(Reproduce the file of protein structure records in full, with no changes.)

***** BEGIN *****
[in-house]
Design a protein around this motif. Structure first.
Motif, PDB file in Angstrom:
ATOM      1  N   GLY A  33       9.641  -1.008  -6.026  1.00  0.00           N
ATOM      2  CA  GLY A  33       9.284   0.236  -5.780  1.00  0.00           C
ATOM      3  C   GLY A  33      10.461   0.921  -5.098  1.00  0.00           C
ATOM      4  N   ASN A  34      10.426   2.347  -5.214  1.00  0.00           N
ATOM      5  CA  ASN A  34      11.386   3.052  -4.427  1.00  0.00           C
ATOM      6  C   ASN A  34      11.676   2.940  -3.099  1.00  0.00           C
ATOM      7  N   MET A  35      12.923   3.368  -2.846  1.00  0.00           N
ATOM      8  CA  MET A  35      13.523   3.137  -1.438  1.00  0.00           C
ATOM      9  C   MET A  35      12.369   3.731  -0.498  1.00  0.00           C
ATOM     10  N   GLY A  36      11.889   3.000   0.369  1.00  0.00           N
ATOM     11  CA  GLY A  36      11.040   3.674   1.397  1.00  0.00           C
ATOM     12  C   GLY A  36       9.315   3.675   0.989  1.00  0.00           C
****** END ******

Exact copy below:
[in-house]
Design a protein around this motif. Structure first.
Motif, PDB file in Angstrom:
ATOM      1  N   GLY A  33       9.641  -1.008  -6.026  1.00  0.00           N
ATOM      2  CA  GLY A  33       9.284   0.236  -5.780  1.00  0.00           C
ATOM      3  C   GLY A  33      10.461   0.921  -5.098  1.00  0.00           C
ATOM      4  N   ASN A  34      10.426   2.347  -5.214  1.00  0.00           N
ATOM      5  CA  ASN A  34      11.386   3.052  -4.427  1.00  0.00           C
ATOM      6  C   ASN A  34      11.676   2.940  -3.099  1.00  0.00           C
ATOM      7  N   MET A  35      12.923   3.368  -2.846  1.00  0.00           N
ATOM      8  CA  MET A  35      13.523   3.137  -1.438  1.00  0.00           C
ATOM      9  C   MET A  35      12.369   3.731  -0.498  1.00  0.00           C
ATOM     10  N   GLY A  36      11.889   3.000   0.369  1.00  0.00           N
ATOM     11  CA  GLY A  36      11.040   3.674   1.397  1.00  0.00           C
ATOM     12  C   GLY A  36       9.315   3.675   0.989  1.00  0.00           C